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Dry stack slate stone wall

Posted by paul-murray NC (My Page) on
Wed, May 12, 10 at 12:24

I am about to begin installing a small 6 inch high dry stack stone wall and wanted to know if anyone had any advice. I'm thinking of using mortar to help keep the stones in place but I am not sure if it worth it as the stones will probably be stacked 3 or 4 high.

Do I need to do any prep work for example should I dig out a path and add pea gravel to lay the stones on.

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RE: Dry stack slate stone wall

  • Posted by botann z8 SEof Seattle (My Page) on
    Wed, May 12, 10 at 20:24

Pea gravel is named pea gravel because it is the size and shape of peas. Little round balls. Slate will not stay put when stacked on it. Use aggregate. It has sharp edges and locks together, making a better, more stable base.
Keep the back of the slate just a tiny bit lower than the front so any settling will go back into the fill rather than bulging out the face and collapsing.

RE: Dry stack slate stone wall

I would recommend that you read one of David Reed's books (see link). He explains the basics quite well.

Here's a pic of our dry-stacked stone wall:


We had the wall done by a contractor, but it could have been a DIY project. We did lay the patio by ourselves after paying the contractor to grade the base and spread the crusher run. The wall is 3' tall and leans back a little for every foot of height. It is set on compacted crusher run.

Here is a link that might be useful: David Reed

RE: Dry stack slate stone wall

Six INCHES? No, you don't need mortar or a base, or at least you wouldn't in my climate (zone 8). If you do use a base, heed the advice of Botann, above. Or you can use sand, but again, use sharp sand, not the one with rounded particles.

The question that determines whether or not to do a base has to do with what happens if you get frost heave or any sinkage. How difficult will it be to repair the wall and do you want to be bothered with that? Me, on such a small wall, I'd far rather have to do some spot repairs from time to time than mess with gravel and mortar to build it.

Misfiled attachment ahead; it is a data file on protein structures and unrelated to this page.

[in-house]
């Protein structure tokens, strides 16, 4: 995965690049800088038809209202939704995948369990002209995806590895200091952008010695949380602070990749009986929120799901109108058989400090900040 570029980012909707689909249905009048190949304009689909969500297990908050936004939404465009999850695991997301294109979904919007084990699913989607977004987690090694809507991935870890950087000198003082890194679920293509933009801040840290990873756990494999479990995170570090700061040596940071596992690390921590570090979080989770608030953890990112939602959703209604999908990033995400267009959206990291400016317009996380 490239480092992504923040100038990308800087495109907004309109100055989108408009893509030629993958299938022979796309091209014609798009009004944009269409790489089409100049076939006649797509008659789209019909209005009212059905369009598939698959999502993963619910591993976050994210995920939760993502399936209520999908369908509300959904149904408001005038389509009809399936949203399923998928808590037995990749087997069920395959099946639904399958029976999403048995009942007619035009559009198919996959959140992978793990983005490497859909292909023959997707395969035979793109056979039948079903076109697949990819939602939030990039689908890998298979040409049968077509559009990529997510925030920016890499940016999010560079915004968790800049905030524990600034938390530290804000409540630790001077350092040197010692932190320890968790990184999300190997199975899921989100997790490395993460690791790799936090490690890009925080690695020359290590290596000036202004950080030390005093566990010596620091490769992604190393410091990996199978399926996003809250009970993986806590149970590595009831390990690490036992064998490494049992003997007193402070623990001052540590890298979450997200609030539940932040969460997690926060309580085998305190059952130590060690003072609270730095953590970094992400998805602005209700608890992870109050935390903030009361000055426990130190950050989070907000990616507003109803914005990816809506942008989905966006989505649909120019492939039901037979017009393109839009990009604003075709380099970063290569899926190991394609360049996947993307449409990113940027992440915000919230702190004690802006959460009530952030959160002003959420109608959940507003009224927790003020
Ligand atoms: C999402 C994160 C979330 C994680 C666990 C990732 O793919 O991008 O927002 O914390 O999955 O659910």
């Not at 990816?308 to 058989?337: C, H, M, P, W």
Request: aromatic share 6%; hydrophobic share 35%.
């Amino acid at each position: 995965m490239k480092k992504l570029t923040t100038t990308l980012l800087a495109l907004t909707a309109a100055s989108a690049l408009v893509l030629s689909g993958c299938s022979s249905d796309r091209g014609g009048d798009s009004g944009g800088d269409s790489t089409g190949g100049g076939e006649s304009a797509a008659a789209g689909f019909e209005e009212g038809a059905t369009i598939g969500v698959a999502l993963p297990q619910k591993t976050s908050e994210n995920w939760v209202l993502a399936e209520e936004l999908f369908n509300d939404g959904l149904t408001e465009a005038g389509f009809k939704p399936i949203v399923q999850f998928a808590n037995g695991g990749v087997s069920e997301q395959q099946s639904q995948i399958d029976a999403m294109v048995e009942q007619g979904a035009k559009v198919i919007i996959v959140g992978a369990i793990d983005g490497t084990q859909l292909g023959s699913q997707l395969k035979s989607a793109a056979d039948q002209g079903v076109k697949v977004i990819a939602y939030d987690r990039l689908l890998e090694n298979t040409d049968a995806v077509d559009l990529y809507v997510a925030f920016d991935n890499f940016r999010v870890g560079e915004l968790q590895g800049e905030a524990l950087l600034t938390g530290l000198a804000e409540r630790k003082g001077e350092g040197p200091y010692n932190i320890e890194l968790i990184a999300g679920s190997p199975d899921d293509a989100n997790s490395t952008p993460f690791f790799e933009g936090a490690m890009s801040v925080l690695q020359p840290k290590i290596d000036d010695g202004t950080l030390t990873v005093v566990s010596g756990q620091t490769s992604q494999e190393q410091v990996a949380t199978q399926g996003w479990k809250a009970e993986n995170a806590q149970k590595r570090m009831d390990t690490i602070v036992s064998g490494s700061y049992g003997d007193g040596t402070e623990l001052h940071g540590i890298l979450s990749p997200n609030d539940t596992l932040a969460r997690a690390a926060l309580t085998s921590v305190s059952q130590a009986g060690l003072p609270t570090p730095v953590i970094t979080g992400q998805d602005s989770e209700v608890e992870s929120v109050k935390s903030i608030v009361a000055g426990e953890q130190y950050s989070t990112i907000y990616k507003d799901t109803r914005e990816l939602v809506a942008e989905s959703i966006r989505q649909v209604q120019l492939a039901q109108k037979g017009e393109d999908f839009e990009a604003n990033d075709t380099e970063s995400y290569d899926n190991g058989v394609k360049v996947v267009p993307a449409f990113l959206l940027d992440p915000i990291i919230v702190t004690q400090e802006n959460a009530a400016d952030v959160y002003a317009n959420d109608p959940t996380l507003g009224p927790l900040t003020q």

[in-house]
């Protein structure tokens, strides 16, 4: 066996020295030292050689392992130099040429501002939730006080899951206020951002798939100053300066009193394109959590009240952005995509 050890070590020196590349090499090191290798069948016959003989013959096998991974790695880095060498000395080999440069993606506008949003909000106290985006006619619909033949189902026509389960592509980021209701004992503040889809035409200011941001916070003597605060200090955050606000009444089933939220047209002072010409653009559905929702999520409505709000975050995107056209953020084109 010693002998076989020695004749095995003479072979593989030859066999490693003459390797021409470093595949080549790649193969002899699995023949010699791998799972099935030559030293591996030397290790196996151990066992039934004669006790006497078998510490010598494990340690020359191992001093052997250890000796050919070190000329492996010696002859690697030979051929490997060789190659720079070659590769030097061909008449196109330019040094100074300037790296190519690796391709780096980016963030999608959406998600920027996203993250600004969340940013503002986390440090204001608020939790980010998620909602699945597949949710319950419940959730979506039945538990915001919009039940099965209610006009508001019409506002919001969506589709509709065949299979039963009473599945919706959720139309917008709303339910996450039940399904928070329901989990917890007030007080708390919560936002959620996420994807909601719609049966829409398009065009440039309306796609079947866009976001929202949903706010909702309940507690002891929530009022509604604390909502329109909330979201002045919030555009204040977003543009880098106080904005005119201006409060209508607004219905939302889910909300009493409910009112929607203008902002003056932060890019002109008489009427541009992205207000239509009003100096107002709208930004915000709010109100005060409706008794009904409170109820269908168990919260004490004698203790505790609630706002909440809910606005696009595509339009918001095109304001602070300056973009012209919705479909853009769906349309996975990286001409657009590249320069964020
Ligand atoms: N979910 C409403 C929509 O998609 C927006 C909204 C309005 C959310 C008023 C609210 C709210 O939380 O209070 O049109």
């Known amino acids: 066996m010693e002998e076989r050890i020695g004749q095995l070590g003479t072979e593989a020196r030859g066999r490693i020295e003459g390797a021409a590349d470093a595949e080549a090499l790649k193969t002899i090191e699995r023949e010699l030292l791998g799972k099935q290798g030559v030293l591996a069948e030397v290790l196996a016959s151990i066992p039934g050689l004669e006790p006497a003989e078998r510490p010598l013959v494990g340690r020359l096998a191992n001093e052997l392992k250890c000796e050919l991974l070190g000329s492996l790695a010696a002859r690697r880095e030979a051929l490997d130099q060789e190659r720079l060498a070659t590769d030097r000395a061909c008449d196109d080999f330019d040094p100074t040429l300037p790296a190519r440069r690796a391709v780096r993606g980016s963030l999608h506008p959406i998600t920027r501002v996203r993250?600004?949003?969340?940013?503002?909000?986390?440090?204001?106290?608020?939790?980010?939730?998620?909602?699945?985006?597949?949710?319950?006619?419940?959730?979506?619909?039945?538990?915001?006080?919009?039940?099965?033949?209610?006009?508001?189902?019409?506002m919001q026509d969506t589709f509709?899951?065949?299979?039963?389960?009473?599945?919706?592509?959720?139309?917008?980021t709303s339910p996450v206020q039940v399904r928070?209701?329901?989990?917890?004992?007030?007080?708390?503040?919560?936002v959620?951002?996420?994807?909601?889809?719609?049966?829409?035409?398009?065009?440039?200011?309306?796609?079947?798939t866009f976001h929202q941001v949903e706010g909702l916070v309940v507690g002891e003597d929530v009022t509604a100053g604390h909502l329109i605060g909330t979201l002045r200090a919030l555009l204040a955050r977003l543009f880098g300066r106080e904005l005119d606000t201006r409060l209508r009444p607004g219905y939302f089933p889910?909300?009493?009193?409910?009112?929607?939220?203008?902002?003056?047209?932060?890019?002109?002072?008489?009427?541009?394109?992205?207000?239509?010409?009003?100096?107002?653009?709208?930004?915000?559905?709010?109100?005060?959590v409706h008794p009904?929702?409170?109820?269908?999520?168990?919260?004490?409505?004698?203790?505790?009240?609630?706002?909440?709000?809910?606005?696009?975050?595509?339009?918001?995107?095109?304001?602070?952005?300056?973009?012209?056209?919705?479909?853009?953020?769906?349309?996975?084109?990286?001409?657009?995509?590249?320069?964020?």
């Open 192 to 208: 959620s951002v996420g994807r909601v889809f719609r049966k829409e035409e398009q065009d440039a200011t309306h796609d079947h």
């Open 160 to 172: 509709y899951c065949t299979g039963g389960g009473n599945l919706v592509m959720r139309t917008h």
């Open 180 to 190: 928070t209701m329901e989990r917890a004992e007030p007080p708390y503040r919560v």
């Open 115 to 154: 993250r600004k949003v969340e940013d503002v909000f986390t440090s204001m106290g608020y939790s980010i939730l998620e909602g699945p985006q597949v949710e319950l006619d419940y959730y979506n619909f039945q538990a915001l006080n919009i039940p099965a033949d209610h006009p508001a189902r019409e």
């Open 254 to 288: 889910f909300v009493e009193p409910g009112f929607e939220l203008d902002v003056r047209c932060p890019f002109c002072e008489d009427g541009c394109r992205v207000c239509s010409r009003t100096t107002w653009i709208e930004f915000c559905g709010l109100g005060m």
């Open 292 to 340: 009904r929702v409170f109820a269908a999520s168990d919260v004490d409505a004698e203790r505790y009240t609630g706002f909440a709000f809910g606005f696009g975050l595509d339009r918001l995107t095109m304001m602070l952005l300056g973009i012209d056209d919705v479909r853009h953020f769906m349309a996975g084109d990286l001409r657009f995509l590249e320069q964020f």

But definitely, there are some great books out there on building with stone.

Is this wall going to be a retaining wall, or free standing?


RE: Dry stack slate stone wall

I have found that the keys to a dry stack wall are keeping the courses level and using gravel (57 stone/crusher run) on the back side to keep the rocks stable and level. Fieldstone should be fine for a 6" high wall and no base is required. There are some good instructions on the net. You will just need a small trench to put the top of the first course at ground level.

RE: Dry stack slate stone wall

  • Posted by mjsee Zone 7b, NC (My Page) on
    Thu, May 13, 10 at 17:09

If you use mortar then it's no longer a dry stacked wall. It's a mortared wall.

6" is totally doable. *snerk*

(sorry. I must be chaneling a certain deviant designer...)

RE: Dry stack slate stone wall

You do understand that this seriously challenges my claim to the World's Smallest Retaining Wall. Mine is about 12" high, and three feet long. It's been there for at least five years, or since I put in the brick edging for the bed, and the dry laid stone path extension that runs underneath it. I"m not even sure I bothered with burying much of the first course.

Unless it's a very long wall, just pile them up.

RE: Dry stack slate stone wall

  • Posted by laag z6CapeCod (My Page) on
    Sat, May 15, 10 at 21:10

... what KarinL said. All of it.

RE: Dry stack slate stone wall

Spazzcat. Very nice! There is a book by Barbra Pleasent called Stone Gardening. I recomend this also as well as the one mentioned above. Well written and takes out the doubt of how to build stone walls, patios and paths etc... karinl nails it for this type of wall. Once you start using stone in garden design you will find many more uses for it. Get creative!

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